An intensified business environment with acce''erated pace of technoLogy development within the semiconductor industry can lead companies to consider emerging techniques in cluster tooling and Computer Integrated Manufacturing (CIM) systems applications. A logical model of interfaces that exist within a corporate manufacturing environment yields a control hierarchy that is present from the tool up through the corporate computing entity. With these various levels of computer control there is a clearly identified need for consistent information management functions throughout this logical hierarchy. One of the complexities of existing CIM systems is the lack of a coherent data model that transcends all levels of the hierarchy. The creation of coherent information (derived from data collection) requires this consistent management of data and the cluster tool or any other semiconductor manufacturing equipment for that matter becomes a vital link in the information chain. In fact the equipment level of the control hierarchy is the majority source of data required to successfully meet the manufacturing and business needs of the corporation. An example will be developed in this paper of using a cluster tool as a highly integrated mini-fab environment to demonstrate the desirable CIM system concepts. This mini-fab characteristic of cluster tools and other highly integrated manufacturing cell configurations will be used to investigate the CIM system impacts on this class of manufacturing capability. The investigation will look at the host-to-equipment relationship in a
Cluster tool software and hardware architecture
Dave Huntley
A cluster tool is a single integrated processing tool which incorporates two or more process modules. Further, in an open cluster tool, the process modules may not all be supplied by the same vendor. This article is aimed at equipment vendors/suppliers faced with revising their control systems to meet the requirements for communications in an open cluster tool. Standards for these communications are being developed by the SEMI's MESC committee [1] (see Table 1 for a full list of acronyms used in this article). One goal of the cluster tool movement is to allow the equipment vendor to focus on their process. MESC (formerly MESA) has developed mechanical and utilities standards that are fairly well developed and reasonably simple. The proposed communications standards, on the other hand, seem neither complete nor simple. So what's going on! The fact is that the problem is complex. The cluster tool is itself a mini factory. The problem therefore is analogous to General Motor's MAP which defines communications and control required by an entire factory. The guiding principle has been to reference existing standards, rather than invent new ones, to allow equipment vendors to purchase off-the-shelf hardware and software for faster development, higher performance and better reliability. That is easy to say but equipment suppliers are still faced with supplying a control system that is compatible with open architecture cluster tools. Few have the luxury to scrap what they have and start afresh. Worse yet, cluster tool compatibility is, as yet, not well defined or understood. This article is intended to provide information to ease the burden on the equipment supplier in the transition toward full open architecture cluster tools. First of all the status of the current standards will be reviewed. This is followed by what you might look for in the way of off-the-shelf control and networking software. Finally the thorny issue of "how do you get there from here?" will be addressed.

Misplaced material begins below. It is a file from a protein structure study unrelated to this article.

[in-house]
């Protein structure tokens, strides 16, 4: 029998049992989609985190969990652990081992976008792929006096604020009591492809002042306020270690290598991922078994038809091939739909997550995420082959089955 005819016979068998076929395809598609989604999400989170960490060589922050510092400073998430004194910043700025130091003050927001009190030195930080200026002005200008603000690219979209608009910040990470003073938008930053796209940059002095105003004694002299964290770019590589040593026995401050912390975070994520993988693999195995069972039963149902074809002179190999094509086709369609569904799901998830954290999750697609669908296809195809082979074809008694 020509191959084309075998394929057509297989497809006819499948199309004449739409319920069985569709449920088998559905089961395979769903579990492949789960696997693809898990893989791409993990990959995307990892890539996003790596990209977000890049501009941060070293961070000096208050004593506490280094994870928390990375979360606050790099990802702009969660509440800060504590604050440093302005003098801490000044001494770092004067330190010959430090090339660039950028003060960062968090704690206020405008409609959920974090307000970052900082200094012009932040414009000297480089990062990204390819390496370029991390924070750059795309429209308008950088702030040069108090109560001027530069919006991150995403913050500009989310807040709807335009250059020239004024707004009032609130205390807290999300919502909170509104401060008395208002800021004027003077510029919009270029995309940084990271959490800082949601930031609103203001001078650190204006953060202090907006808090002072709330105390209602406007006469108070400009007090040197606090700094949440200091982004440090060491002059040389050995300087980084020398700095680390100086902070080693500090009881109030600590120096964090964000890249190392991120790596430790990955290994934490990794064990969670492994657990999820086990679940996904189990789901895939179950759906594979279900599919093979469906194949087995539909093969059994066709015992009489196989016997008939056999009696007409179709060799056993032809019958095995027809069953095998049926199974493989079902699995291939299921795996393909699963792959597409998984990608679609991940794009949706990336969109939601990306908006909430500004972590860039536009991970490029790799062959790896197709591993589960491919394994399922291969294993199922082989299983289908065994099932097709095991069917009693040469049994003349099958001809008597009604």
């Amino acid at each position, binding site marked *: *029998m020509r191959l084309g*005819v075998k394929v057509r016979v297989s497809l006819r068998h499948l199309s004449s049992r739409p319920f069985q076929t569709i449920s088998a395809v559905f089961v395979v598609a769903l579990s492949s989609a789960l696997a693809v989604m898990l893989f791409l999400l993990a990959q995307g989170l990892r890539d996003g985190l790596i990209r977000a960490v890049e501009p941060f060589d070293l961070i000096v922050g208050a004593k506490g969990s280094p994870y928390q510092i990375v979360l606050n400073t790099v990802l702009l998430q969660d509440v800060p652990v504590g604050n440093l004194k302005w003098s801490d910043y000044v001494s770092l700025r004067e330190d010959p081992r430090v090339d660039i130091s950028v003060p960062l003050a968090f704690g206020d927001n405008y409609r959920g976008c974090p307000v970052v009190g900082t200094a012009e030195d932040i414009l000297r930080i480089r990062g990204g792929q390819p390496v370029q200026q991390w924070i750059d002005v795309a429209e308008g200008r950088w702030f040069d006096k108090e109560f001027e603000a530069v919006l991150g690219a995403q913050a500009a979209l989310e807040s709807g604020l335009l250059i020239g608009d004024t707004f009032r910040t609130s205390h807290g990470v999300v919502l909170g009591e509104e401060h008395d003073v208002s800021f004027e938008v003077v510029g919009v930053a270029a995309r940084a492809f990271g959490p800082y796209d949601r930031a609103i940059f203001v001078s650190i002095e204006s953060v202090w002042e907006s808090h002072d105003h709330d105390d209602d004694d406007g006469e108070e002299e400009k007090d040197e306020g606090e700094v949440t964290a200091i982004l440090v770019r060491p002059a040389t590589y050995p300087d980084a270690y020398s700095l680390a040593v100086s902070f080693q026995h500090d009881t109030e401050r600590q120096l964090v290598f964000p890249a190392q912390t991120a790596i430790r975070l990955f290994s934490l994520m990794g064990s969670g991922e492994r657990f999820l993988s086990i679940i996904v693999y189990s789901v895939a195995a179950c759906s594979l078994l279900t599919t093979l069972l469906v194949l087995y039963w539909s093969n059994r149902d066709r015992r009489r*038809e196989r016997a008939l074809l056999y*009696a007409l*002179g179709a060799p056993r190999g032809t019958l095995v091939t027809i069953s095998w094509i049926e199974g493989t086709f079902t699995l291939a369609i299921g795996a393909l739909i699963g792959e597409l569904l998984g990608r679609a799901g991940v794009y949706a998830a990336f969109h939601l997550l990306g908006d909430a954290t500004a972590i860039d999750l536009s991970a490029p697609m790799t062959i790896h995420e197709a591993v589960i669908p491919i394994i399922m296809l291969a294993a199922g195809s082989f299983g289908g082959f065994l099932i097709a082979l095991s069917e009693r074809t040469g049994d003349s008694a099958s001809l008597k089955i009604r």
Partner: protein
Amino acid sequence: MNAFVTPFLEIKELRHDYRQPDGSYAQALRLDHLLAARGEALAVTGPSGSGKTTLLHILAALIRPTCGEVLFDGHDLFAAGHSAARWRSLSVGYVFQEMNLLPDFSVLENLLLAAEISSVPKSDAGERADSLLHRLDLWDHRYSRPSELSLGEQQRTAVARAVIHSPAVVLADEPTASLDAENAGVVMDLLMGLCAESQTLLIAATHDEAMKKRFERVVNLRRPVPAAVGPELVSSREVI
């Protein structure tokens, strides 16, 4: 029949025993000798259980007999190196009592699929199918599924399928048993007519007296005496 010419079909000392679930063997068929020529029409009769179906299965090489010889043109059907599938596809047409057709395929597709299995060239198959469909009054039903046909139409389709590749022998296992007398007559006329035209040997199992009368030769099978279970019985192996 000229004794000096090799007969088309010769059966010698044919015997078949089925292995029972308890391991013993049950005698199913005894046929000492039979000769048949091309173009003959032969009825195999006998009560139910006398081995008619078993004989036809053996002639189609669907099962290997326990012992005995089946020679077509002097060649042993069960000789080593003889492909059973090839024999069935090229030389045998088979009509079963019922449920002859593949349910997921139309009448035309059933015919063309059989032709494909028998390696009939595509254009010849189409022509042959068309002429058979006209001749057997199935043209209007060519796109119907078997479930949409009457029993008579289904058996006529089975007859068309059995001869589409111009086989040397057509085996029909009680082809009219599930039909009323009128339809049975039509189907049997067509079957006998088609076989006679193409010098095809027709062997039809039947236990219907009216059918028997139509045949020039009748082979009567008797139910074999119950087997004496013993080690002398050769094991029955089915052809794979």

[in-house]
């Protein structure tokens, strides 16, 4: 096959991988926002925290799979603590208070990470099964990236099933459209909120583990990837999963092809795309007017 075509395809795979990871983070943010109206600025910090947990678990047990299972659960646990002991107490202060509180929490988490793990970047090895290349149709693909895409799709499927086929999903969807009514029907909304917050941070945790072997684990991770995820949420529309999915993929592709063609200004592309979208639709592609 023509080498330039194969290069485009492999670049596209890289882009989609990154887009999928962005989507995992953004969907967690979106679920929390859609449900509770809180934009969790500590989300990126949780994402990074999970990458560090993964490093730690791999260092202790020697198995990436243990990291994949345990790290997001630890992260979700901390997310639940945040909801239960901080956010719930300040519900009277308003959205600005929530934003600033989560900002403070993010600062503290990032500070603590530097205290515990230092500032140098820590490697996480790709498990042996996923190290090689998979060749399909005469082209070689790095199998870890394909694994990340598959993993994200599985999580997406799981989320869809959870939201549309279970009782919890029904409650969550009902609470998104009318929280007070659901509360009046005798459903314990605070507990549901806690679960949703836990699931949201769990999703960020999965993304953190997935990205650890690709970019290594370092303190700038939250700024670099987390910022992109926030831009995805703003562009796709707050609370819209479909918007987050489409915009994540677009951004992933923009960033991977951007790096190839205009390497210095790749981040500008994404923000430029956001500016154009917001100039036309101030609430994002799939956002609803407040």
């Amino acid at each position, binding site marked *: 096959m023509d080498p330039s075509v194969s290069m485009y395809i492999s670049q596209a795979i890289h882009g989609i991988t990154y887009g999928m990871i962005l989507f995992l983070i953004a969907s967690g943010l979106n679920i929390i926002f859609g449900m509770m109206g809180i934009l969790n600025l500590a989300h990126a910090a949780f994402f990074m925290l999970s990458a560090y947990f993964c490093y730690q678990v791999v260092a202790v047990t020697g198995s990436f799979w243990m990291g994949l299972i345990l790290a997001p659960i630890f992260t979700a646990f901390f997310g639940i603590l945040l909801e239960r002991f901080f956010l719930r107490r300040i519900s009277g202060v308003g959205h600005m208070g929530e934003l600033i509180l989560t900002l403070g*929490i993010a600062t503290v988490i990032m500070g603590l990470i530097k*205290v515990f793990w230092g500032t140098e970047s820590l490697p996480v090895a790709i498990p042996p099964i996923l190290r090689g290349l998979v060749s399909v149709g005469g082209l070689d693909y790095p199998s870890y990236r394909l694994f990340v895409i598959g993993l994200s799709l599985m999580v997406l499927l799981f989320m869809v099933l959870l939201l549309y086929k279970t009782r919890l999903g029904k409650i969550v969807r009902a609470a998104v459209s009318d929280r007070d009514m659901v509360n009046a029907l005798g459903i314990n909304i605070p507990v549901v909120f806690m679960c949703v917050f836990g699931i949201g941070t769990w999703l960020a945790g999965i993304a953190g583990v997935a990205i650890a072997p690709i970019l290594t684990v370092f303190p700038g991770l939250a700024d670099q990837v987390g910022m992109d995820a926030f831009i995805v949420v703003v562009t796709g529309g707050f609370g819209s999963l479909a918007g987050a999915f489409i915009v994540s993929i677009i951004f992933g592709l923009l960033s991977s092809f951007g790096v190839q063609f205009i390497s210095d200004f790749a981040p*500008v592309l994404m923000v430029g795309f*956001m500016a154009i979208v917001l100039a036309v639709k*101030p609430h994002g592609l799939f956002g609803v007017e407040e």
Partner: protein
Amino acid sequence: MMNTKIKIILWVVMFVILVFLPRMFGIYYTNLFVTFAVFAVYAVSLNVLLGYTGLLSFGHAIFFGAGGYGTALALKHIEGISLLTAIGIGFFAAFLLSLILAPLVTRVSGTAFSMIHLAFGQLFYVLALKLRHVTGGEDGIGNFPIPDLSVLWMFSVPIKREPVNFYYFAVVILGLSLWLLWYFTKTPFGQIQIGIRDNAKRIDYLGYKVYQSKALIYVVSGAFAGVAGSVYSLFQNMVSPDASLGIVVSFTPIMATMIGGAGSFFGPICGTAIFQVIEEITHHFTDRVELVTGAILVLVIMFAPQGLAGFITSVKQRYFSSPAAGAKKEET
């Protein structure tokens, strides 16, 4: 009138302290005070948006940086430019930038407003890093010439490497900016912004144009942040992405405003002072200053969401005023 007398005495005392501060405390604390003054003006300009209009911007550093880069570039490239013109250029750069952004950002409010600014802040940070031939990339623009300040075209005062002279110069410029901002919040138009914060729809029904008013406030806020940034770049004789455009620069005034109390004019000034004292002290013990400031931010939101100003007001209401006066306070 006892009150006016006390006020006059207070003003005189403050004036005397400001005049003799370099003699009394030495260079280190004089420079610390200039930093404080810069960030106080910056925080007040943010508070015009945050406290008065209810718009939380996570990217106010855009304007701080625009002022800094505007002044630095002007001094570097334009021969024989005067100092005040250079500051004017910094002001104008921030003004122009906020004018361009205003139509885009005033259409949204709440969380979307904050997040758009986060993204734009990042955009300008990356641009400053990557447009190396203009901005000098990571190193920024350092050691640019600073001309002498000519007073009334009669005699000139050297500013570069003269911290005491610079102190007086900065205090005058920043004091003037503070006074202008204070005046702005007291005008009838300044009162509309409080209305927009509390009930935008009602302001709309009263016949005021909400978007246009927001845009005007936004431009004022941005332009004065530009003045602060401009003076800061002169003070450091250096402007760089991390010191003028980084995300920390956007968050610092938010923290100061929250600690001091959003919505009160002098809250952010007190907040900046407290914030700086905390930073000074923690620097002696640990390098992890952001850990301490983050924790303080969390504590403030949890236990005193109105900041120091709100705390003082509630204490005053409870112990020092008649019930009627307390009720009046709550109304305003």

Real-time automation of a dry etching system
Robert H. McCafferty
EfForts olthc IBM General I'echno1ogy 1)ivision in Essex Junction, Vermont to automate the investigation of dry etching processes employed in the manufacture of semiconductor memory chips are described. This paper overviews the technical case for the project, then proceeds to qualitatively detail the control strategy and installation ground rules, as well as the project's data processing and signal conditioning equipment, tool and process instrumentation, and driving software. The architecture and performance of the resulting system are then discussed. Further, the technical conclusions and implications of this system's success are presented.
Microcomputer-based real-time monitoring and control of single-wafer processing
John R. Hauser, Ronald S. Gyurcsik
Low cost microcomputers are an attractive approach for monitoring and control of future semiconductor processing equipment. A wide variety of low-cost off-the-shelfl/O boards are available for use with industry standard PCs. Such an approach is being implemented in a three-module singlewafer cluster-tool approach for forming a gate stack of oxide nitride and polysilicon. This work discusses hardware and software approaches for such a cluster tool and discusses some of the advantages of in-situ real-time process monitoring and control.
Application of adaptive network theory to dry-etch monitoring and control
V. G. I. Deshmukh, D. A. O. Hope, Tim I. Cox, et al.
Initial results on the application of adaptive network concepts to the problem of dry etching control are given in this paper. The role of off-line experimentation and analysis in defining a suitable parametric model for a dry etching process is first described. Alternative methods of parameter estimation are compared. An embryonic on-line regulator is then outlined. This has been used to control a parameter of interest namely the bias at the wafered electrode DCBW of a reactive ion etching (RIE) station. Successful tracking of a randomized trajectory for DCBW is demonstrated.